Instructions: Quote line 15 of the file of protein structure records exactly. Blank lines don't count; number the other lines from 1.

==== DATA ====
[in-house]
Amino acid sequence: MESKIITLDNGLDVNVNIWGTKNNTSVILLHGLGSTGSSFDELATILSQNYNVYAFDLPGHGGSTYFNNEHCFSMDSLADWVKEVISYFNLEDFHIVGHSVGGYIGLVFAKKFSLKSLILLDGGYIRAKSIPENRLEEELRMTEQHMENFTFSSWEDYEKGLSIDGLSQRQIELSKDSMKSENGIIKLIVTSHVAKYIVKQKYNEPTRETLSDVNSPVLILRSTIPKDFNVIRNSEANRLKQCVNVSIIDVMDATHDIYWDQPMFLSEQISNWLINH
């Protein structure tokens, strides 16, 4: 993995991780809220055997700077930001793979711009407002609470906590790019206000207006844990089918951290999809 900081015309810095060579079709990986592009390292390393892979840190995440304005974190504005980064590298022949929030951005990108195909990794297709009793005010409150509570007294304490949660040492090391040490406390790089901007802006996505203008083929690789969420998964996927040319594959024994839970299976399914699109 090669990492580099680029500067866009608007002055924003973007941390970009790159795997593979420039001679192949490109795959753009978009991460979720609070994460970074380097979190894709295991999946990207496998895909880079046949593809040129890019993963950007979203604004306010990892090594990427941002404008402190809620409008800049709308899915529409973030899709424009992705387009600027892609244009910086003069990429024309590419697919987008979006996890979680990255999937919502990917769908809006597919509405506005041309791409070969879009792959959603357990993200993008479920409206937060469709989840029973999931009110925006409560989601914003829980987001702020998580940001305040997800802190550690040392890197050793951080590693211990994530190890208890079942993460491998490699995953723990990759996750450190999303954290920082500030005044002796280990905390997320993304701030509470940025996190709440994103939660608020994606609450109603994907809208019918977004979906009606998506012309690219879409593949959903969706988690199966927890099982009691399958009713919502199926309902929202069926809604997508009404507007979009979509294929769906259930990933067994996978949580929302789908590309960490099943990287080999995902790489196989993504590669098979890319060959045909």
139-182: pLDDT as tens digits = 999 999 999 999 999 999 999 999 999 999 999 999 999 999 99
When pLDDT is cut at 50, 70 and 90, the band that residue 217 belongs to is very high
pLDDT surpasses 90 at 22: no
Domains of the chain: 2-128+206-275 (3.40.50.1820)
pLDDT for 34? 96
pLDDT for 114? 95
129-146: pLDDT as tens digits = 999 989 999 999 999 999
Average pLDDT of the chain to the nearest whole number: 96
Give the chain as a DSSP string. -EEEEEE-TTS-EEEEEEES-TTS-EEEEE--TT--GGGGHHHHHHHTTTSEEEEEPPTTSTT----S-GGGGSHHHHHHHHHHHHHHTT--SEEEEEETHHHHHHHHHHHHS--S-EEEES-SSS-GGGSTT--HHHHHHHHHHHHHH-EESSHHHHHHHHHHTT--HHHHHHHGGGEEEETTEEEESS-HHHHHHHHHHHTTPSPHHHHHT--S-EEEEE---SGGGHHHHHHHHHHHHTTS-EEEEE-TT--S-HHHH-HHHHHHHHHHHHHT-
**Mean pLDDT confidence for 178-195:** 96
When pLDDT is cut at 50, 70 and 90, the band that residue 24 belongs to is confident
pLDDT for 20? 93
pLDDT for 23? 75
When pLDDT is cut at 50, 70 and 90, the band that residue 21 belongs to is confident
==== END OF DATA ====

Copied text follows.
pLDDT for 20? 93